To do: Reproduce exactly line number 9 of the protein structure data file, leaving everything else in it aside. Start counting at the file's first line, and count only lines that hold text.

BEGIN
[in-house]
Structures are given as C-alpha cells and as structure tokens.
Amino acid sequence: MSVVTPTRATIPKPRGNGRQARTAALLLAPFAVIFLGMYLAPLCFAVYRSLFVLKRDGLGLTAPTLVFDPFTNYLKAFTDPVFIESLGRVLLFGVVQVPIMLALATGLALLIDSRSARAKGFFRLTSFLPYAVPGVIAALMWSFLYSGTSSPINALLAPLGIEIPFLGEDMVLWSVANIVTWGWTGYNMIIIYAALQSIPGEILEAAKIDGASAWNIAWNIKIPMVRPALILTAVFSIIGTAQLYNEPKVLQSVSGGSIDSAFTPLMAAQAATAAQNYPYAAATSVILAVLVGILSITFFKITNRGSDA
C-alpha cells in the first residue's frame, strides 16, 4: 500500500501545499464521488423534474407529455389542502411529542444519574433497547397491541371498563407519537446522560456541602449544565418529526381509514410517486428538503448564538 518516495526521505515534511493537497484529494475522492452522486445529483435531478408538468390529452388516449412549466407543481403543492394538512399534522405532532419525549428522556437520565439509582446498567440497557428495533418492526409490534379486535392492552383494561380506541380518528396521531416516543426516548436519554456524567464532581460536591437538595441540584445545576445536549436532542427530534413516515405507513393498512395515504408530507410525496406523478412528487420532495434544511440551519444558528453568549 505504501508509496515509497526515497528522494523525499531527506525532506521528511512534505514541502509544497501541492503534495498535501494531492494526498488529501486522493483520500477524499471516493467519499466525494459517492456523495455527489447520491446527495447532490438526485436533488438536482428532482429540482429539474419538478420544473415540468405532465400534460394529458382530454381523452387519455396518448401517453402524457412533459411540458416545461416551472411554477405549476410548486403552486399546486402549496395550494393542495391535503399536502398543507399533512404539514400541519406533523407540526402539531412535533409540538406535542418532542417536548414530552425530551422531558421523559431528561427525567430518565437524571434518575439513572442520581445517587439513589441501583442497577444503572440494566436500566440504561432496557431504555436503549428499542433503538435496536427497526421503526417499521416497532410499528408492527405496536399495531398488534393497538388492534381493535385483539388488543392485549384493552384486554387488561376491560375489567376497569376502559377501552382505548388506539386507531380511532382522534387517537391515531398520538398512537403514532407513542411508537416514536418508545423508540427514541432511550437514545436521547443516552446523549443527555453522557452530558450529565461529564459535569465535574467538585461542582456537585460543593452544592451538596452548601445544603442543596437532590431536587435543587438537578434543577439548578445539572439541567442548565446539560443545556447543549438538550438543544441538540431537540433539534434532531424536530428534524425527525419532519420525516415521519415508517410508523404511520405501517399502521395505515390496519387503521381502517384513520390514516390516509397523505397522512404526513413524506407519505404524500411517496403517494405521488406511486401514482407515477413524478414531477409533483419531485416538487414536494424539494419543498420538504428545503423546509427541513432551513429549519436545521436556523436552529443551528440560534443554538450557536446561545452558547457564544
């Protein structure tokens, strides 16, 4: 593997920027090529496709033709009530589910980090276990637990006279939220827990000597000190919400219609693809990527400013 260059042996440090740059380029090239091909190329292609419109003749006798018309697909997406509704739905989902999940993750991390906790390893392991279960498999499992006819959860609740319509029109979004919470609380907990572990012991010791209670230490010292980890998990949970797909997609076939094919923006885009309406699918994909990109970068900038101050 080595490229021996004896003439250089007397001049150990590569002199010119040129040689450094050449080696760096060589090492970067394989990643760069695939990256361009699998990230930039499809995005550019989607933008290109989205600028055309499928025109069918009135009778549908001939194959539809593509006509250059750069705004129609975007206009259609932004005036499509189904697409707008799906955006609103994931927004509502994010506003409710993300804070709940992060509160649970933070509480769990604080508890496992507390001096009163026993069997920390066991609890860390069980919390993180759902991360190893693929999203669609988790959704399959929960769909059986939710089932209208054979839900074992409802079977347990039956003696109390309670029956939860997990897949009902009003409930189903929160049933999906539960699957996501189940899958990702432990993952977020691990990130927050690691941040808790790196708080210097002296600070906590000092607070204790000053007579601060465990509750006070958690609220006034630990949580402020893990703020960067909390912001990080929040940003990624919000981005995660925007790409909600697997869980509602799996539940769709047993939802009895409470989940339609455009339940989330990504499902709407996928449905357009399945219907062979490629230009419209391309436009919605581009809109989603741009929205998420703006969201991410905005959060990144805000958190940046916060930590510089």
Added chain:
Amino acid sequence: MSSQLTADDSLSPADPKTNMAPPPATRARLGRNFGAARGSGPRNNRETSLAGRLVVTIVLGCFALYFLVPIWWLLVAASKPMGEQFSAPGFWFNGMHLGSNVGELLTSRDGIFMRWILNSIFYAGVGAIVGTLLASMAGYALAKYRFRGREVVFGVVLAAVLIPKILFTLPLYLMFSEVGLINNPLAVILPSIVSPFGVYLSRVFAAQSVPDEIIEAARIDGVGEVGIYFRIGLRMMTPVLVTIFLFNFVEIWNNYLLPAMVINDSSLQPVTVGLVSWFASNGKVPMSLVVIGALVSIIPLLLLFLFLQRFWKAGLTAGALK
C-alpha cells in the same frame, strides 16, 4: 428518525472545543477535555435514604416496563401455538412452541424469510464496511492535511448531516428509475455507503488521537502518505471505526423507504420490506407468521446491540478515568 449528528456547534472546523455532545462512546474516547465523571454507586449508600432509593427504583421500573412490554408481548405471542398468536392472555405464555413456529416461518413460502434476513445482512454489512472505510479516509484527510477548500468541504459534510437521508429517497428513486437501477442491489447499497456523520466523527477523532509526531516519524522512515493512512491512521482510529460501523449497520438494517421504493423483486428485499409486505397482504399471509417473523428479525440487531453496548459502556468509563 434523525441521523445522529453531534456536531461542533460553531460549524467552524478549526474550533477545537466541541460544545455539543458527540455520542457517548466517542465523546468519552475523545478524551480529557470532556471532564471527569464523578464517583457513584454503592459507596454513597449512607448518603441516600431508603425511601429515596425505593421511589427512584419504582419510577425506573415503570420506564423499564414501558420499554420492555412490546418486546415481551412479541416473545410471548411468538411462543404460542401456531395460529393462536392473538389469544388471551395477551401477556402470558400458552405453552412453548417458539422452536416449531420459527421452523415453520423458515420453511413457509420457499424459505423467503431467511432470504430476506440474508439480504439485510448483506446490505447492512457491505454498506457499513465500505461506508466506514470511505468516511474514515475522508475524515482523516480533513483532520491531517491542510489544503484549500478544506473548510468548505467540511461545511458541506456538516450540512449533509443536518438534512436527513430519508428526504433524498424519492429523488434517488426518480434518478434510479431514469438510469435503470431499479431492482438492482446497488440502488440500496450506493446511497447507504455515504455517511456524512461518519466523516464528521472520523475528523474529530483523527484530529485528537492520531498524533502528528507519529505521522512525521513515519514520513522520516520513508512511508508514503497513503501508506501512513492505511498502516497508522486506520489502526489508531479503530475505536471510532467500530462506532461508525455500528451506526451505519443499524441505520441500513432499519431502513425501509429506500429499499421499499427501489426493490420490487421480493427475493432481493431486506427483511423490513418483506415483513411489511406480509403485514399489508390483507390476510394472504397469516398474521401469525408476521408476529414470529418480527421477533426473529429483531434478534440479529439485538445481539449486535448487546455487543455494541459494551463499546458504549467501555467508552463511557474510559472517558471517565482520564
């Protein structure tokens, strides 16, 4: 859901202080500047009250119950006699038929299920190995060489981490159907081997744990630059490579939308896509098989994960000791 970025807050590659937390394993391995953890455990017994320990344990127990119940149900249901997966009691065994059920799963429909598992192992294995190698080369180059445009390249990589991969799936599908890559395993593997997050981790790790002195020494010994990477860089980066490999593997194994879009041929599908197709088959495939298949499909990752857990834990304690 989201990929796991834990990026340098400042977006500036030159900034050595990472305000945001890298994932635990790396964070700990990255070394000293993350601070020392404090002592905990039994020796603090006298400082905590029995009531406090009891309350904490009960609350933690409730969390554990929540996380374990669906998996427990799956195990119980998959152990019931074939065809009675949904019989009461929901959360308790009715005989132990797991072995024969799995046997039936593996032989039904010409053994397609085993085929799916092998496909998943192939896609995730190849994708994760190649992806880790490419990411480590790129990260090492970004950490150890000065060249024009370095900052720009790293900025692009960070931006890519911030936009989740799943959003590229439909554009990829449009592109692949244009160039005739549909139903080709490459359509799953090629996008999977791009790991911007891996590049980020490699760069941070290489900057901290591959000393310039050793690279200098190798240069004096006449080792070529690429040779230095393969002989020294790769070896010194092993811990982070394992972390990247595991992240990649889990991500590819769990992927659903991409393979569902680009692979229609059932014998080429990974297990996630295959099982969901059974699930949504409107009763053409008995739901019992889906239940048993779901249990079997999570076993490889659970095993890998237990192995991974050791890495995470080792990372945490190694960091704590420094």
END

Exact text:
């Protein structure tokens, strides 16, 4: 859901202080500047009250119950006699038929299920190995060489981490159907081997744990630059490579939308896509098989994960000791 970025807050590659937390394993391995953890455990017994320990344990127990119940149900249901997966009691065994059920799963429909598992192992294995190698080369180059445009390249990589991969799936599908890559395993593997997050981790790790002195020494010994990477860089980066490999593997194994879009041929599908197709088959495939298949499909990752857990834990304690 989201990929796991834990990026340098400042977006500036030159900034050595990472305000945001890298994932635990790396964070700990990255070394000293993350601070020392404090002592905990039994020796603090006298400082905590029995009531406090009891309350904490009960609350933690409730969390554990929540996380374990669906998996427990799956195990119980998959152990019931074939065809009675949904019989009461929901959360308790009715005989132990797991072995024969799995046997039936593996032989039904010409053994397609085993085929799916092998496909998943192939896609995730190849994708994760190649992806880790490419990411480590790129990260090492970004950490150890000065060249024009370095900052720009790293900025692009960070931006890519911030936009989740799943959003590229439909554009990829449009592109692949244009160039005739549909139903080709490459359509799953090629996008999977791009790991911007891996590049980020490699760069941070290489900057901290591959000393310039050793690279200098190798240069004096006449080792070529690429040779230095393969002989020294790769070896010194092993811990982070394992972390990247595991992240990649889990991500590819769990992927659903991409393979569902680009692979229609059932014998080429990974297990996630295959099982969901059974699930949504409107009763053409008995739901019992889906239940048993779901249990079997999570076993490889659970095993890998237990192995991974050791890495995470080792990372945490190694960091704590420094």